The past few years, Duffey, Berrios, Kyle Gibson — who led the Twins in WAR last season — Pat Dean and Logan Darnell all have reached the majors as homegrown talents. Fans clamored for Berrios to be called up last season, but the Twins didn’t want to add to the 166 innings he threw between Class AA Chattanooga and Class AAA Rochester.
The Twins did roll the dice with Duffey, who was in the majors during the second half of the season and contributed to a playoff chase. He jumped from 149 ⅓ innings in 2014 to 196 ⅓ innings in 2015.
“There’s a history in young pitchers coming up here and then extending them beyond the increments you are talking about,” Ryan said.
In the pipeline
The Twins like their current stable of starting pitching prospects. Berrios had a rough baptism when called up in May but has made adjustments at Rochester and is close to a promotion.
Jay, a lefthander taken sixth overall last year; Kohl Stewart, a righthander drafted fourth overall in 2013; and lefthander Stephen Gonsalves, taken in the fourth round in 2013, all have been promoted to Class AA Chattanooga.
Internationally, righthander Felix Jorge recently was promoted to Chattanooga. Righthander Fernando Romero is at Class A Fort Myers and throws a mid-90s fastball with a good slider. Lefthander Randy Rosario hit 96 in spring training and is making progress at Fort Myers.
Australian lefthander Lewis Thorpe has a lot of promise but has been slowed by Tommy John elbow surgery last year and, more recently, mononucleosis.
Overall, it’s a group the Twins believe could make up the majority of the rotation in the coming years — a homegrown splash for which they are desperate.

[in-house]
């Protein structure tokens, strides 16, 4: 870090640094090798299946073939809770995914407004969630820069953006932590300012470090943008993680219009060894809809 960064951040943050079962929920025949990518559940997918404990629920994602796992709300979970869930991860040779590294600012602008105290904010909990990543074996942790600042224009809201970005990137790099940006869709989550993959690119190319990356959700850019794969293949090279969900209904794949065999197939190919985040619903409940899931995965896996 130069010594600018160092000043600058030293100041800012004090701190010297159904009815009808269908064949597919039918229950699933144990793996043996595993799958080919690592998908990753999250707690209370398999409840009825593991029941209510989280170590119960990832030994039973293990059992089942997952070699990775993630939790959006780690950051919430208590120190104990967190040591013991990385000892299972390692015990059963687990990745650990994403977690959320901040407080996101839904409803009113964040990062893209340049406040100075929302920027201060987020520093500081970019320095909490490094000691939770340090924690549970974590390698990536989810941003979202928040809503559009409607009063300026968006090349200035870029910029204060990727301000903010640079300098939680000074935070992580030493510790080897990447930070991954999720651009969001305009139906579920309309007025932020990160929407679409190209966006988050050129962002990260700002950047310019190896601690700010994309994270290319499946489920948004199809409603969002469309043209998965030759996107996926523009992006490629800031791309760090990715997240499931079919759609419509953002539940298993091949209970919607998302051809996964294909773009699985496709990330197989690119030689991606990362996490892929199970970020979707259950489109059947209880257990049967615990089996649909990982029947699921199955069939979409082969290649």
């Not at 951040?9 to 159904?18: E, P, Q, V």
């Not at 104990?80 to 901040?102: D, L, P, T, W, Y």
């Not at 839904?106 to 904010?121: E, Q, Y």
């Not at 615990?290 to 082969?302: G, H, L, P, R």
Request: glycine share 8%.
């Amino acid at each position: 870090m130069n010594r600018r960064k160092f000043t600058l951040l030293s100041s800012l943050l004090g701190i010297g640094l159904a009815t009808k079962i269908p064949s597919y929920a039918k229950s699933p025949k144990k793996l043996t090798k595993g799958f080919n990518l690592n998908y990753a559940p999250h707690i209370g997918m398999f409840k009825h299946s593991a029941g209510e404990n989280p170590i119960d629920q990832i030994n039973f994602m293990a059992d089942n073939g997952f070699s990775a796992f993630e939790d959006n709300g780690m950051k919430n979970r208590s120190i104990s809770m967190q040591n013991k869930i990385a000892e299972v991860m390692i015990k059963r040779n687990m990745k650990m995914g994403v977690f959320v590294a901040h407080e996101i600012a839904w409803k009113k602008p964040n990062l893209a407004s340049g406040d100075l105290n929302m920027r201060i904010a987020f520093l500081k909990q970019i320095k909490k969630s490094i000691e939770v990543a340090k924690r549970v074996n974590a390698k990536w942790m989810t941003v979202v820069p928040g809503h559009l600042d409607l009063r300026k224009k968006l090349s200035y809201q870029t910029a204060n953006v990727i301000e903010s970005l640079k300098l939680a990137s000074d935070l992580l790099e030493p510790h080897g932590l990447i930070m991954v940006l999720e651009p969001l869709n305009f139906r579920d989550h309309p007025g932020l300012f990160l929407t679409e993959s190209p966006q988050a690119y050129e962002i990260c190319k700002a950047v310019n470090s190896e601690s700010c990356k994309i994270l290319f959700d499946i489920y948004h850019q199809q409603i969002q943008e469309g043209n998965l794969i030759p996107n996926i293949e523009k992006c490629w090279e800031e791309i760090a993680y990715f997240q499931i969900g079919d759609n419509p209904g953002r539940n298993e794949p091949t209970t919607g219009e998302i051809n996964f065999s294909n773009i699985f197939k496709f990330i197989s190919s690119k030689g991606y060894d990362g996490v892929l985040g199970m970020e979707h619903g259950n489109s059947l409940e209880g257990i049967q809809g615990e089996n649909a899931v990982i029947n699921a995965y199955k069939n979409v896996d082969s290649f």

“I think you’d probably have to go back to the Liriano, Garza, Glen Perkins, Kevin Slowey, Anthony Swarzak group in 2005 for a good comparison [to the current class of minor leaguers],” Twins minor league director Brad Steil said. “I don’t know if we have anyone right now that has the pure stuff that Liriano had before his injury, but our depth might be a little better now than it was back then.’’
“Now, more experts are beginning to believe we may have been thinking wrongly about cramps all along.”
A New Way to Prevent Muscle Cramps
Nobel Prize winner Rod MacKinnon found that pungent and spicy tastes can hinder neurological misfires that cause cramps
By MATTHEW FUTTERMAN July 11, 2016
Could there finally be a way to prevent muscle cramps?
As long as people have played sports, unexpected muscle cramps have been an Achilles' heel for everyone from aspiring Olympians to weekend warriors.
For decades physicians and other experts in sports medicine have theorized that a cramp was the result of a muscle that was dehydrated, or starved of electrolytes, or suffering tears in its micro-fibers and cell membranes. These caused pain and spasms that could only be alleviated with water and electrolytes, conventional wisdom held.
Now, more experts are beginning to believe we may have been thinking wrongly about cramps all along. A shot of spicy liquid—think wasabi or hot chilies—may be a far more effective treatment than an energy drink or a banana. All it took was a Nobel Prize winner experiencing some untimely cramps while sea kayaking a decade ago for people to begin to understand that the causes of muscle cramps may not have much to do with muscles at all.